The vast majority of legal claims never reach a civil court trial. Most cases are resolved earlier through a negotiated settlement amongst the parties. Negotiated settlements can be reached through informal settlement discussions or through more formal mechanisms such and mediation or arbitration. Through a settlement the plaintiff a agrees to give up the right to pursue any further legal action in connection with lawsuit in exchange for the payment of an agreed upon sum of money from the defendant.

Prior to entering into any settlement, both sides must consider the following points:
  • The value of the case in a range of dollar amounts.
  • Verdicts and settlements in similar cases.
  • Chances of winning at trial.
  • Unfavorable publicity for either side.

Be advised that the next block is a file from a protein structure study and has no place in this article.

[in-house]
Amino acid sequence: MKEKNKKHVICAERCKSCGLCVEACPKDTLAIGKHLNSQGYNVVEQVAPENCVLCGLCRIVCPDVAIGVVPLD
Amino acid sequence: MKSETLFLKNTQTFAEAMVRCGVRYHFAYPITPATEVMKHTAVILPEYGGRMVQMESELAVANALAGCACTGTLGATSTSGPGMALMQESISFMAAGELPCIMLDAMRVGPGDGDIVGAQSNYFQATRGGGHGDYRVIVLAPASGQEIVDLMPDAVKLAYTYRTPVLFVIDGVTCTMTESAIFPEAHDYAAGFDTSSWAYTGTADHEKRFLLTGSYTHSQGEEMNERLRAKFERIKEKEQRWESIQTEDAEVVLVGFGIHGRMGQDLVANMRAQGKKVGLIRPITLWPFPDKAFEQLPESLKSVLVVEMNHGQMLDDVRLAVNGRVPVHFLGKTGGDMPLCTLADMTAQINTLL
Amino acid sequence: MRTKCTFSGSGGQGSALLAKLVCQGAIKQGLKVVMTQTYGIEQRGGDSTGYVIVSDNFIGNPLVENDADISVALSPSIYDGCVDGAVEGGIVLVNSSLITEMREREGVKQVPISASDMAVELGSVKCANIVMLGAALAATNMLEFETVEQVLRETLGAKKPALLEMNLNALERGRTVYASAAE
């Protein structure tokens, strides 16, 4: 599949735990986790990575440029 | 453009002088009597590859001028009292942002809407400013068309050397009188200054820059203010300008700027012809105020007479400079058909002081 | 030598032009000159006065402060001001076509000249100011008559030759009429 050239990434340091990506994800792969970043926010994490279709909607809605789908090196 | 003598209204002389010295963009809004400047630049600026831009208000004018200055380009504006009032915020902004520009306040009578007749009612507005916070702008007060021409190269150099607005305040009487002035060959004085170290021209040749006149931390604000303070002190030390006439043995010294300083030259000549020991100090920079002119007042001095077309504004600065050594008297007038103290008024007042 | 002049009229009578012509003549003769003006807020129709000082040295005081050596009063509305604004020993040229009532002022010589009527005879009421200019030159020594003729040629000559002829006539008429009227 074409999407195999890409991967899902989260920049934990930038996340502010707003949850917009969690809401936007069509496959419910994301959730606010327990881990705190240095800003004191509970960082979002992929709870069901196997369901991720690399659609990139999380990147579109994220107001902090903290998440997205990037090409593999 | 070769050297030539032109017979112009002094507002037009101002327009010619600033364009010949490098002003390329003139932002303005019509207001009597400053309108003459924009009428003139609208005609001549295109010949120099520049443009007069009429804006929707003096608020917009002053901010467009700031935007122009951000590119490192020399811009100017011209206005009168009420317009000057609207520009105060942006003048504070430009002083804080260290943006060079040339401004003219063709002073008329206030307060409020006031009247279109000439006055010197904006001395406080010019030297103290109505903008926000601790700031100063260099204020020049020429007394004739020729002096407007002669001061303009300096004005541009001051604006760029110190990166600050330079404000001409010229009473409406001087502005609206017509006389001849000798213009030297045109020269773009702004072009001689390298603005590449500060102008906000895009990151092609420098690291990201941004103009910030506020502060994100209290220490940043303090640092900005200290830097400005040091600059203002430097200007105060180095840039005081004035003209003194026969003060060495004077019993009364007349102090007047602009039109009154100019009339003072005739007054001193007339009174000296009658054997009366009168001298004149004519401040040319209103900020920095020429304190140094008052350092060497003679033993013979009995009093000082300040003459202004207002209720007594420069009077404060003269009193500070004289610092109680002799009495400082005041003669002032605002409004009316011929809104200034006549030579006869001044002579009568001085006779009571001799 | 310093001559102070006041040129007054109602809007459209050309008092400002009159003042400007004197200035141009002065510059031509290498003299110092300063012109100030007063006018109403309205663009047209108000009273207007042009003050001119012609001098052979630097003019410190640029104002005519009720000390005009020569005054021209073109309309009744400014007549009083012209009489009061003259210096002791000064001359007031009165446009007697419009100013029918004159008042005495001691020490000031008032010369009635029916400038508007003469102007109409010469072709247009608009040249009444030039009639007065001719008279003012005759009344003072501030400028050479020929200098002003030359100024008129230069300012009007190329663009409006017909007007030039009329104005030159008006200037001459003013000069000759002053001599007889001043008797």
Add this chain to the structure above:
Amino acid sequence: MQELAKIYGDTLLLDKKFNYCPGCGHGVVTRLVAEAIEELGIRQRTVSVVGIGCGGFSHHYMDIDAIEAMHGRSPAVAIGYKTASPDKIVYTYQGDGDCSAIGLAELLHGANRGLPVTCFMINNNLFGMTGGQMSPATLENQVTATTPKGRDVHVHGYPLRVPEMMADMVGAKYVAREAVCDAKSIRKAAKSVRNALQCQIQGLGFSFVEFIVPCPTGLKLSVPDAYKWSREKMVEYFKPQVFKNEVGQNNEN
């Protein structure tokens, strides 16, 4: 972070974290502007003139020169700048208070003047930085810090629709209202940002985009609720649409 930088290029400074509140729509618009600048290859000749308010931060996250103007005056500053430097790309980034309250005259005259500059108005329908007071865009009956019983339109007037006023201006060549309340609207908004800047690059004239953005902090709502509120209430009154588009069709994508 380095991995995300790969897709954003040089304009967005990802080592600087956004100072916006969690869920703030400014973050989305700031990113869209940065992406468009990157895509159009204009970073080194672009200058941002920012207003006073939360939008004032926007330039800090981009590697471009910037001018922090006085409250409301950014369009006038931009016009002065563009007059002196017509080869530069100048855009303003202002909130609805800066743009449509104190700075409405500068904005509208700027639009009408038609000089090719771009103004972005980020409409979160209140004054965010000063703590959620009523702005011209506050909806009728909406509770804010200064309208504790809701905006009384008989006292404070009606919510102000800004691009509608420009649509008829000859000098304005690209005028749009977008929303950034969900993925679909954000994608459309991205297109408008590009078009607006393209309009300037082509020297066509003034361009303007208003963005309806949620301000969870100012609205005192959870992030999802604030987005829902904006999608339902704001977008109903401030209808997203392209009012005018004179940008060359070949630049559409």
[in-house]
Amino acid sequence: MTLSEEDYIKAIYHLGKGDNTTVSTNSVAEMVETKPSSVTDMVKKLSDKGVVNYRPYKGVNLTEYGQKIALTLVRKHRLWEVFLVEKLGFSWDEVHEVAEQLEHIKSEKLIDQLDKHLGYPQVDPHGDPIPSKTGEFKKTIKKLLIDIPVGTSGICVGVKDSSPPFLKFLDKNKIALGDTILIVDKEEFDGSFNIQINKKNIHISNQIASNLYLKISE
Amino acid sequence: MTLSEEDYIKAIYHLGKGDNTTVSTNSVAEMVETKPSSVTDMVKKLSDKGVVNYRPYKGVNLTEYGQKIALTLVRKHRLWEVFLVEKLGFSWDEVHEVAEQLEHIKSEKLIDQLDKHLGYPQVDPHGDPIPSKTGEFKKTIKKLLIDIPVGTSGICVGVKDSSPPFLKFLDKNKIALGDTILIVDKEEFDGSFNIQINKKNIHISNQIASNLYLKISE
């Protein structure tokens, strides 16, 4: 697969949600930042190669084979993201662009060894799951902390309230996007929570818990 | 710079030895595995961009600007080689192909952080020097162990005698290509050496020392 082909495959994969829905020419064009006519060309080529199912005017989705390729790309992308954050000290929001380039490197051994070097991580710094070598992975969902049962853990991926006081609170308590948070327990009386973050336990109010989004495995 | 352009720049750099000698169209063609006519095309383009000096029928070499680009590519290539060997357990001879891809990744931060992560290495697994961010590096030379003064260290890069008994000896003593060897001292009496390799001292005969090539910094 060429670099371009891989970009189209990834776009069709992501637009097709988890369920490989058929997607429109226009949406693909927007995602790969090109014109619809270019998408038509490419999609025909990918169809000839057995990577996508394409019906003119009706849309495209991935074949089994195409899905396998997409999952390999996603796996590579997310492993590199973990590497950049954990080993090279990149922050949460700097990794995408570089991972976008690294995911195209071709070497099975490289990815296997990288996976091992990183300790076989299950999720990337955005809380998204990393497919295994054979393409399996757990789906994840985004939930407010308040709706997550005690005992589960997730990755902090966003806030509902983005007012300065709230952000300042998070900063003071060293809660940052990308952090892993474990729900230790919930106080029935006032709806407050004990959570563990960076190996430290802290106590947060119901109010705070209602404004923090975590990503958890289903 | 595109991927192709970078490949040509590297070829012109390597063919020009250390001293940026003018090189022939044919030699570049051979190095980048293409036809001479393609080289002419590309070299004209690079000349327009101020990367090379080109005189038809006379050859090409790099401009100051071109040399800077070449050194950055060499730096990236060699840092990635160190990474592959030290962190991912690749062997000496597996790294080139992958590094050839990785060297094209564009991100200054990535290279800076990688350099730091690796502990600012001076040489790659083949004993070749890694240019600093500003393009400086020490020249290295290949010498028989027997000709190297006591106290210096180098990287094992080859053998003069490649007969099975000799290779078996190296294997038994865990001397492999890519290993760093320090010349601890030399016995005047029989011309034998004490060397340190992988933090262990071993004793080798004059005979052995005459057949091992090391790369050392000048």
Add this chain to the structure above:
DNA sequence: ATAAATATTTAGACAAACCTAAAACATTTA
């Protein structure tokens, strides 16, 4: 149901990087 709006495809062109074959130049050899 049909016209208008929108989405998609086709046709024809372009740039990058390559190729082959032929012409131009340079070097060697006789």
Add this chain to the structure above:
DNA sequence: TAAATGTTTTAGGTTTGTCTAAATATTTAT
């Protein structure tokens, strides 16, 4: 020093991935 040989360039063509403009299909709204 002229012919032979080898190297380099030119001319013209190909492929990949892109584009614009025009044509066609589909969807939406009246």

• Amount of personal information that could be revealed at trial or through further discovery.
  • Possible disclosure of business information or trade secrets.
  • When the case is likely to be called for trial.
  • Practical difficulties in trying the case.
  • Weaknesses in your evidence.
  • Weaknesses in your opponent's evidence.
  • The amount of the defendant's insurance coverage.
  • The defendant's own monetary resources.
  • The defendant's negotiation tactics.
  • The chance of becoming personally liable for the other party's fees and costs.
  • How much of the settlement proceeds will be applied to your fees and your expenses.
  • How the settlement proceeds will affect your federal income taxes.

Both parties should discuss with their attorneys what they are willing to concede in order to get the case settled. Plaintiffs should know beforehand the minimum amount they would accept to settle the case. Although money damages are the usual remedy, plaintiffs should also consider accepting a remedy other than money.